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Decentering Whiteness in Academic Knowledge Production

Decentering Whiteness in Academic Knowledge Production

This talk will highlight some key concerns with the growing "platformitization" of academic knowledge infrastructures controlled by a small number of multinational publishers. These oligarch publishers hold enormous power not only over how and where researchers publish, but also over the governance of university as public institution. Recent debates on open access have tended to focus on the visible problems with access (namely paywalls and licensing barriers), but insufficient attention have been given to the hidden and invisible power imbalance and asymmetry between the infrastructure providers and the knowledge producers. I argue that much of these invisible and hidden elements that govern the current knowledge production system are deeply rooted in colonial practices and on Whiteness. This is why, despite the growing acceptance of Open Access, racial and other forms of inequities in scholarly production continues to widen. I will provide support to my arguments with case studies, and point to means for collective action for decentering Whiteness in knowledge production.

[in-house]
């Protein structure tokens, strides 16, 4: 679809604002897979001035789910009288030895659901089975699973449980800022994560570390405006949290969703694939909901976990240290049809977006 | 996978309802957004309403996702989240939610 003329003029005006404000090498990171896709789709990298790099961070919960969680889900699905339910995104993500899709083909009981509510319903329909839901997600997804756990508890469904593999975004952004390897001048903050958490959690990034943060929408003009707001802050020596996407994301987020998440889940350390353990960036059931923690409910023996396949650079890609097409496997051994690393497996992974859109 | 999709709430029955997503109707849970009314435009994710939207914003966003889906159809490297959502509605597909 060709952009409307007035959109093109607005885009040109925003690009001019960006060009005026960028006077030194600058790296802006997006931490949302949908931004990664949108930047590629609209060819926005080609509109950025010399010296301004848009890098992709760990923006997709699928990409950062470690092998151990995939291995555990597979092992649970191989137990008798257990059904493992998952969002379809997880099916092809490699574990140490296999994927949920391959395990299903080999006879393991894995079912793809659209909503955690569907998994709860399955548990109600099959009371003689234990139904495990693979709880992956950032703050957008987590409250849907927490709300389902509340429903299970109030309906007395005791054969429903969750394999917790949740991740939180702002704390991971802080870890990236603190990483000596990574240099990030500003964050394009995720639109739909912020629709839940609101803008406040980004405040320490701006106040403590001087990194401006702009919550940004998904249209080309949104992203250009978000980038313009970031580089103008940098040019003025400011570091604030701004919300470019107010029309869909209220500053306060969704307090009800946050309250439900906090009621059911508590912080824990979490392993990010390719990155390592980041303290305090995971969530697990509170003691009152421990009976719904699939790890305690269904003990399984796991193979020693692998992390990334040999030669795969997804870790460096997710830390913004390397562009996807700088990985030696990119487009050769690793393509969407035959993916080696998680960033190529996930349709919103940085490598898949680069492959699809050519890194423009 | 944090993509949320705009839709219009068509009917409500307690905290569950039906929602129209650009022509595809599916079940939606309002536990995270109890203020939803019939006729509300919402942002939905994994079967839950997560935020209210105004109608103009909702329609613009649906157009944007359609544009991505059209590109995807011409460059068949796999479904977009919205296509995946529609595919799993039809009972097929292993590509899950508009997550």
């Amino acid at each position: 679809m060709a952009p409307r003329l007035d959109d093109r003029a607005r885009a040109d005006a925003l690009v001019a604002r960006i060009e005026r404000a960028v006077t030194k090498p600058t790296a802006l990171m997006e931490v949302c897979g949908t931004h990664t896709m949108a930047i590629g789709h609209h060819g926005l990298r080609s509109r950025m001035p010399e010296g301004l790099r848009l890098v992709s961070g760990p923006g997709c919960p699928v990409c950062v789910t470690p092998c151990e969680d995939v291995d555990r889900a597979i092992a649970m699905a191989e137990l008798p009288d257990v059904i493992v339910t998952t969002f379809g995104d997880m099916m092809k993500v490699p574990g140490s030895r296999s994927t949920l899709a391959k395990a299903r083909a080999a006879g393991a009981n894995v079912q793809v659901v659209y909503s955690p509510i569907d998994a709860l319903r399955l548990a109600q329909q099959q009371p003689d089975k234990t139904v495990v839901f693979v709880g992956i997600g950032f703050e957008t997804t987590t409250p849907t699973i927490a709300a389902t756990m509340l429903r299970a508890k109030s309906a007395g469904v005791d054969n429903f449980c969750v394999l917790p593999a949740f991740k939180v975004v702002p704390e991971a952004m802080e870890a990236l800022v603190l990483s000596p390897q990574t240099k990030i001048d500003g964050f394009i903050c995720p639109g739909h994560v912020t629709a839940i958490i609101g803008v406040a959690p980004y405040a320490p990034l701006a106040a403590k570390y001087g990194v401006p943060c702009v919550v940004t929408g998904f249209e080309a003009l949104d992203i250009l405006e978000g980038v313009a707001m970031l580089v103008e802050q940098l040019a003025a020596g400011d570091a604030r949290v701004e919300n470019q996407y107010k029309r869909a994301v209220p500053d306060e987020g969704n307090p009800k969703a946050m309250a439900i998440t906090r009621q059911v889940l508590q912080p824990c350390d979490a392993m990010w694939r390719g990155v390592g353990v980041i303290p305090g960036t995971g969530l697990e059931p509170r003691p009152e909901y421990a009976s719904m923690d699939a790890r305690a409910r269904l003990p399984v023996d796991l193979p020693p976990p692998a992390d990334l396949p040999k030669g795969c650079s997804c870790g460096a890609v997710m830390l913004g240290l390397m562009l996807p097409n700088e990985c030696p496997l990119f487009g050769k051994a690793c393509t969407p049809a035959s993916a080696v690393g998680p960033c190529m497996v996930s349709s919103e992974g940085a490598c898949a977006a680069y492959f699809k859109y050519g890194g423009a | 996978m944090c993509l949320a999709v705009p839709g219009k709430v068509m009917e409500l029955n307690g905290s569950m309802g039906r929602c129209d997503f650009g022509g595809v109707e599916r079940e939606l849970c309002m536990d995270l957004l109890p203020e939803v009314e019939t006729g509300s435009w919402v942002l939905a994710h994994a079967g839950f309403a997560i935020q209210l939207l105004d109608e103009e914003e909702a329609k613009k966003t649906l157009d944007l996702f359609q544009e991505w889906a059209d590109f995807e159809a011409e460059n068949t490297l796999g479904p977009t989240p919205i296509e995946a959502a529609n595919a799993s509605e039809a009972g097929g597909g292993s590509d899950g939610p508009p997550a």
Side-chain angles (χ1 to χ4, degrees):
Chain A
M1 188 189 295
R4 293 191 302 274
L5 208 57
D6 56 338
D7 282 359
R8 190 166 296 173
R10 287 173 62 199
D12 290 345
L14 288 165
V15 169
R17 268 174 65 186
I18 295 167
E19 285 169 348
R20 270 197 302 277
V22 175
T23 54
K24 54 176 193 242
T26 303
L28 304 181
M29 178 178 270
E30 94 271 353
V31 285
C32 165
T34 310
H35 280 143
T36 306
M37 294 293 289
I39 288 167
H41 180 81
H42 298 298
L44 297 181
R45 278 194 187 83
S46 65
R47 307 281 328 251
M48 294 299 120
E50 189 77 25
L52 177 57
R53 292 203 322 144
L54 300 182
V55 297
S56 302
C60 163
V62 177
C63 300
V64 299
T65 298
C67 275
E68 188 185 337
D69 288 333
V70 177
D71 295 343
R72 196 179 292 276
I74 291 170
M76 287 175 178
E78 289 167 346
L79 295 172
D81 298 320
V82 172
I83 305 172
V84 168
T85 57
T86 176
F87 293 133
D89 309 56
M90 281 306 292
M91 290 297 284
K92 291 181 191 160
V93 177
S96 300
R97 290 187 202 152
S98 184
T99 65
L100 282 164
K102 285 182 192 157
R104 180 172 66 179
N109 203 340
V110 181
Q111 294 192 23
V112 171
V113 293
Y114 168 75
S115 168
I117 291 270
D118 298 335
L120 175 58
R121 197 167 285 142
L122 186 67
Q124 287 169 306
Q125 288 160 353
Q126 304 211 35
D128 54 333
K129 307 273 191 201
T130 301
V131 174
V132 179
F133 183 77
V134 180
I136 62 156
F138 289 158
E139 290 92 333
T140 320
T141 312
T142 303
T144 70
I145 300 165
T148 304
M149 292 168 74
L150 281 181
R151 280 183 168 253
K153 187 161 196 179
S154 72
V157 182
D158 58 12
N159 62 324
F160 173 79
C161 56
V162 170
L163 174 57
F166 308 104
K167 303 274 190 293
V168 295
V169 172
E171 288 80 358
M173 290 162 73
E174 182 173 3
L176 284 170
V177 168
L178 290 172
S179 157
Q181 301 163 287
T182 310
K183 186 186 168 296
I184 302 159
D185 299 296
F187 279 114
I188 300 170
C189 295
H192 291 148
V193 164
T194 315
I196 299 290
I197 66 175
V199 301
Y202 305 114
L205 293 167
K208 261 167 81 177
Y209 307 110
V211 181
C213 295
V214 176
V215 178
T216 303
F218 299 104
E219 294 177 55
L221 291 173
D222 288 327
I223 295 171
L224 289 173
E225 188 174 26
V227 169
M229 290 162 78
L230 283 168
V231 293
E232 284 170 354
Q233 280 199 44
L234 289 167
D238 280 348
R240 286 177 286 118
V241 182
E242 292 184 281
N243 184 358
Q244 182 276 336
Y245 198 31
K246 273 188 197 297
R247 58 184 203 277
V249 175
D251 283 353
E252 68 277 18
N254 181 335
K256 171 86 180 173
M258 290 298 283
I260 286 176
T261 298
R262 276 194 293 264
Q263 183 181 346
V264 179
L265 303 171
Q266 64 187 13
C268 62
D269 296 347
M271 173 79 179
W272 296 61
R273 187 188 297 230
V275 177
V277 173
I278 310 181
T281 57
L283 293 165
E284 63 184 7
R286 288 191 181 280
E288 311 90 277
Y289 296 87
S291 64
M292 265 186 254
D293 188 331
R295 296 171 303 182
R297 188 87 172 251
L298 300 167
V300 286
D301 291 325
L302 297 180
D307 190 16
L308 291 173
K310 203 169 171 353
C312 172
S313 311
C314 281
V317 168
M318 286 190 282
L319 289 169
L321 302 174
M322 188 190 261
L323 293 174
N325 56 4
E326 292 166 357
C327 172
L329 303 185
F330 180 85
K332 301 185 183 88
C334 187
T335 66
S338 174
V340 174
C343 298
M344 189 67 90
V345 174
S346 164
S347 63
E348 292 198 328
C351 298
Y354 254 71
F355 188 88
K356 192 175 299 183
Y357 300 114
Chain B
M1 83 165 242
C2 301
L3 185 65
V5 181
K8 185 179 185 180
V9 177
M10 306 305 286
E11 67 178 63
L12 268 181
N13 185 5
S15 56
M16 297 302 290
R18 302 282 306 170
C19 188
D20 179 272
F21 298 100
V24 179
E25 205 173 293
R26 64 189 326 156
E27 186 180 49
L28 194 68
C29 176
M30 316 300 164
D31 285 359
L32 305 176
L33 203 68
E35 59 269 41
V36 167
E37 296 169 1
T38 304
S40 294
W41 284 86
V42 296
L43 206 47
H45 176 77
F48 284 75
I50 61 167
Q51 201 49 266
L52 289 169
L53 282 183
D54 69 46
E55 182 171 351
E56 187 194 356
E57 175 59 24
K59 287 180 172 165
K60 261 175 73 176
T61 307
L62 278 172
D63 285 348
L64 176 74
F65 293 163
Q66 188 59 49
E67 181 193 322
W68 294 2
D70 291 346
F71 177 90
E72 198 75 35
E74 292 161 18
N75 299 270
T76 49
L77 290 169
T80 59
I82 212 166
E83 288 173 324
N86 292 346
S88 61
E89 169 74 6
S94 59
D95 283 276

This event is part of the Exploring Equity in Open Scholarship Speaker Series, Open Access Week 2021.

Tuesday, October 26, 2021
1:00pm - 2:00pm
Dr. Leslie Chan - Keynote Speaker, Associate Professor in the Department of Global Development Studies at the University of Toronto Scarborough and the director of the Knowledge Equity Lab
  CRDDS     Open Access Week  
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